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UBC study gives clues on preventing substance abuse among trans youth

study has found that bullying, assault and discrimination are huge drivers of tobacco, cannabis and alcohol use among trans and non-binary youth but that usage decreases when youth are supported by friends and family.
study has found that bullying, assault and discrimination are huge drivers of tobacco, cannabis and alcohol use among trans and non-binary youth but that usage decreases when youth are supported by friends and family. - Postmedia
VANCOUVER, B.C. —

Supportive family and friends make a key difference in reducing drug use among transgender and non-binary youth, according to a new study.

The study found that bullying, assault and discrimination are huge drivers of tobacco, cannabis and alcohol use among trans and non-binary youth but that usage decreases when youth are supported by friends and family.

Led by the Stigma and Resilience Among Vulnerable Youth Centre at UBC’s school of nursing, the study drew from a 2014 Canada-wide survey of 323 transgender and non-binary youth aged 14 to 18.

It found high rates of tobacco, alcohol and cannabis use were all linked to what lead researcher Elizabeth Saewyc called a “profound” amount of violence and discrimination targeting transgender and non-binary youth.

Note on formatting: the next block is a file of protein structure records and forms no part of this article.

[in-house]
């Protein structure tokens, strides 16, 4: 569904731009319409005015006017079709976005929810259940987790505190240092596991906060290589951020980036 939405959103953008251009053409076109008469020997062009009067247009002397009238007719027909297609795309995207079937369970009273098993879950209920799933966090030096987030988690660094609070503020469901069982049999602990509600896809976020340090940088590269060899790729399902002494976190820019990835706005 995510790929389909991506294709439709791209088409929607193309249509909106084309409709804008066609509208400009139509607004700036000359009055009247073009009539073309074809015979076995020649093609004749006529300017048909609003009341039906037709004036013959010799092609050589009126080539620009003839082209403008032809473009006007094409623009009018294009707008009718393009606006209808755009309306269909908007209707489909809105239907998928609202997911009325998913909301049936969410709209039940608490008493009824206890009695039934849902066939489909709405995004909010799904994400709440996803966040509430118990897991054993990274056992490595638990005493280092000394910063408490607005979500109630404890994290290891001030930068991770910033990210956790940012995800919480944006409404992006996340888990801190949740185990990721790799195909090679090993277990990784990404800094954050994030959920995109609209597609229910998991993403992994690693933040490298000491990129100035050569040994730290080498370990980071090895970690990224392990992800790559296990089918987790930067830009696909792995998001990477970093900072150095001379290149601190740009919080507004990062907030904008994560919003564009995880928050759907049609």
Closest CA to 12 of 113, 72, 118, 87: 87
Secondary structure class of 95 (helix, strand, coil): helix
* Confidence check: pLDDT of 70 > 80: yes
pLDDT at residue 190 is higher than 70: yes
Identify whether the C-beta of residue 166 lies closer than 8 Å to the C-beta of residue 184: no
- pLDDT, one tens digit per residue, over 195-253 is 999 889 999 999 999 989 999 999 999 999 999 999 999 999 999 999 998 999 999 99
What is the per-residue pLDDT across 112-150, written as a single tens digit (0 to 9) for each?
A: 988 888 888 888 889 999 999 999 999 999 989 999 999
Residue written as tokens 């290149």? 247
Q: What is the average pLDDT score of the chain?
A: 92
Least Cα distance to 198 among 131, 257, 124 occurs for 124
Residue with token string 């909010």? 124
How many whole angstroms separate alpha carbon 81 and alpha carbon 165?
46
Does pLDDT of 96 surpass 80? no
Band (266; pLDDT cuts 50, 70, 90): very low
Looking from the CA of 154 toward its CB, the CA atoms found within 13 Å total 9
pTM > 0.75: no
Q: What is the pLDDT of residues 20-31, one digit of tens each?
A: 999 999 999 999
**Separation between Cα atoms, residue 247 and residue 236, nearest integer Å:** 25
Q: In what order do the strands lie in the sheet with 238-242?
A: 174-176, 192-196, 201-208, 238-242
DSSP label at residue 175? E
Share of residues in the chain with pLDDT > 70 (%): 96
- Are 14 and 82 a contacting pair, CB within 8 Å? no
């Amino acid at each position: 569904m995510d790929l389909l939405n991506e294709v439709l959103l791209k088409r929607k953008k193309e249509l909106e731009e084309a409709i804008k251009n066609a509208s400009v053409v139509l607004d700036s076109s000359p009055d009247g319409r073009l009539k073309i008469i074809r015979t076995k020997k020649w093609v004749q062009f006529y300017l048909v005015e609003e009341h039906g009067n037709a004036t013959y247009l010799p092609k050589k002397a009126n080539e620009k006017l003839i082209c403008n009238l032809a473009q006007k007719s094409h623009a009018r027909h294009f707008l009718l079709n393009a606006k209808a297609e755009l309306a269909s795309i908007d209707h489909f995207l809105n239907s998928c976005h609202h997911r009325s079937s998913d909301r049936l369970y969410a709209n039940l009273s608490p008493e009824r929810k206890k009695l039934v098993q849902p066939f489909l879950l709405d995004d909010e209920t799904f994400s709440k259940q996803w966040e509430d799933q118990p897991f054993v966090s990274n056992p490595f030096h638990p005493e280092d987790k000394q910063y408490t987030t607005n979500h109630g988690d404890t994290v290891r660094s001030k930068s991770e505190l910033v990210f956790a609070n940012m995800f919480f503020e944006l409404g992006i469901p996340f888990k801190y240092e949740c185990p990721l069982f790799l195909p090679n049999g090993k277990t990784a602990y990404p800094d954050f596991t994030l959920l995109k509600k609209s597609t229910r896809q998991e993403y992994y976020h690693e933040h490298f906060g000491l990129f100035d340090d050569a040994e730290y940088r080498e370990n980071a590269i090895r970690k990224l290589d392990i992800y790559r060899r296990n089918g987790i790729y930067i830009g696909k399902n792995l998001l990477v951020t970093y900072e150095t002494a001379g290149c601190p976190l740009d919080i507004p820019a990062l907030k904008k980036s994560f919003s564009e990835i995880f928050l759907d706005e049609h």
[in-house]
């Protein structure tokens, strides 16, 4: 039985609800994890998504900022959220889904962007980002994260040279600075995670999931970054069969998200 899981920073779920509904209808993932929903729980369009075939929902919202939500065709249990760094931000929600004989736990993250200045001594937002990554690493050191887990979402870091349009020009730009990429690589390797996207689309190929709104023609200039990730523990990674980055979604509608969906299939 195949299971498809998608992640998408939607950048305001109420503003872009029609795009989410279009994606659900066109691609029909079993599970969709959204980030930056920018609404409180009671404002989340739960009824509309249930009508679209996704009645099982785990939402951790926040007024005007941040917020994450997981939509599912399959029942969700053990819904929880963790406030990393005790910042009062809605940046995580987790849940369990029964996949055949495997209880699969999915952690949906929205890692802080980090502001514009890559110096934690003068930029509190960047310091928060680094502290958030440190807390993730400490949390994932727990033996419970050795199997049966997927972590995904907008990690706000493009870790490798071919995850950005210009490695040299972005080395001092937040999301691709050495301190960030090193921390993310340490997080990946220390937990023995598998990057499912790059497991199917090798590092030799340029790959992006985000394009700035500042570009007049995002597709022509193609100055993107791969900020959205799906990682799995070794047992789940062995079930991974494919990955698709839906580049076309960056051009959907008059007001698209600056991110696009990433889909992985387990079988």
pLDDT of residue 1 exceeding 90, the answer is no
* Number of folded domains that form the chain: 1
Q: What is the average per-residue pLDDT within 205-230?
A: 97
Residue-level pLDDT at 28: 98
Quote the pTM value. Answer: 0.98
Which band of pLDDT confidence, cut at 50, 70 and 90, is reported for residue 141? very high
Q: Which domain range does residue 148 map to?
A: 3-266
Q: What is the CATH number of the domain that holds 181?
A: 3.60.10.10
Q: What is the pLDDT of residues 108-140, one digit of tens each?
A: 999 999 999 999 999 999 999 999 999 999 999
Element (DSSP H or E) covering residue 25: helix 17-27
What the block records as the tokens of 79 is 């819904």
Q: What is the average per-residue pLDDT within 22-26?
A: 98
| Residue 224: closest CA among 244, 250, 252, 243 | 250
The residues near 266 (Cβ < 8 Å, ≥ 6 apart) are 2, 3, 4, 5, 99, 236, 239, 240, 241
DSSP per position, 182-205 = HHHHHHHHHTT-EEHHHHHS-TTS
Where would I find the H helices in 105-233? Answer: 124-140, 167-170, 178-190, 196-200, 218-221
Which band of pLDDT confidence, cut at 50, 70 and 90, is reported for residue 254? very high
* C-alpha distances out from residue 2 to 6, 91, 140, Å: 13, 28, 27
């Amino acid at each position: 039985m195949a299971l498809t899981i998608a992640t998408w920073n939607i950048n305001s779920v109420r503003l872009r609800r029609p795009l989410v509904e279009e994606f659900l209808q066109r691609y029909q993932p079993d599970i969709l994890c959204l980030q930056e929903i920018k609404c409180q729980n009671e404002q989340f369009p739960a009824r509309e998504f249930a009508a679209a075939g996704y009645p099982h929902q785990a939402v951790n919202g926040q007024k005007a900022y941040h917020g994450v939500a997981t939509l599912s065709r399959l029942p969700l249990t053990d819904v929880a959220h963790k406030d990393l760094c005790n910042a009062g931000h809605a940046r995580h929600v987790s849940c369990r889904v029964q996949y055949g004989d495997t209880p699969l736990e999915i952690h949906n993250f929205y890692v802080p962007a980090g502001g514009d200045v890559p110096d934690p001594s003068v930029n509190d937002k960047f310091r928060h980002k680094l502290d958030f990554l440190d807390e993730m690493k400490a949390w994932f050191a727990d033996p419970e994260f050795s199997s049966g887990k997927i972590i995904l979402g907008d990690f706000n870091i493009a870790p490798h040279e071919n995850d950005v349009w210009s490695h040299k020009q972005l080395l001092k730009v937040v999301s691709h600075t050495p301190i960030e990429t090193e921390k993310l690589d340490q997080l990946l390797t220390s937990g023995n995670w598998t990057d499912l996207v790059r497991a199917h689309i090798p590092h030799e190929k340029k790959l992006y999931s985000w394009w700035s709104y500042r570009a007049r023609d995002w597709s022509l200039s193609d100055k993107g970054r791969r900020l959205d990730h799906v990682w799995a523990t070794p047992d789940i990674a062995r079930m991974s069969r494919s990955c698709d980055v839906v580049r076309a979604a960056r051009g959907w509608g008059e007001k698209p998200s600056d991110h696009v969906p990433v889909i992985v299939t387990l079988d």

“When young people experienced high levels of violence and didn’t have a supportive family, they had a much greater probability of using substances.” said Saewyc, who has studied health among queer youth for over 20 years.

While substance use among most Canadian youth has fallen in recent years, nearly a quarter of survey respondents reported using cannabis in the past month, with just slightly fewer reporting cigarette smoking. Over 19 per cent had engaged in binge drinking.

The study did not measure the use of other substances.

The survey, the first of its kind in Canada, sheds light on the high prevalence of bullying, violence and discrimination trans and non-binary children face.

Out of a list of 29 forms of violence that included sexual assault, bullying and cyberbullying, the average respondent had experienced 11 of them.

“The more different kinds of violence they experience, the higher the odds they will fall into substance use,” said Saewyc.

The survey’s limitations include the need for a larger sample. But its key finding is that supportive families, friends and schools dramatically reduced rates of substance use, even for victims of violence and bullying.

For example, 61 per cent of respondents who felt they had no support from family or friends had smoked cigarettes in the past month. For youth who felt they had both, the usage rate dropped to 20 per cent.

Saewyc says it’s a clear message for parents of transgender and non-binary kids and a sign something has to be done about the “unacceptably high rates of violence against trans youth in Canada.“

“You need to accept and love your trans and non-binary kids and be that champion for them when society is maybe rejecting them,” she said.

zvescera@postmedia.com

Copyright Postmedia Network Inc., 2019

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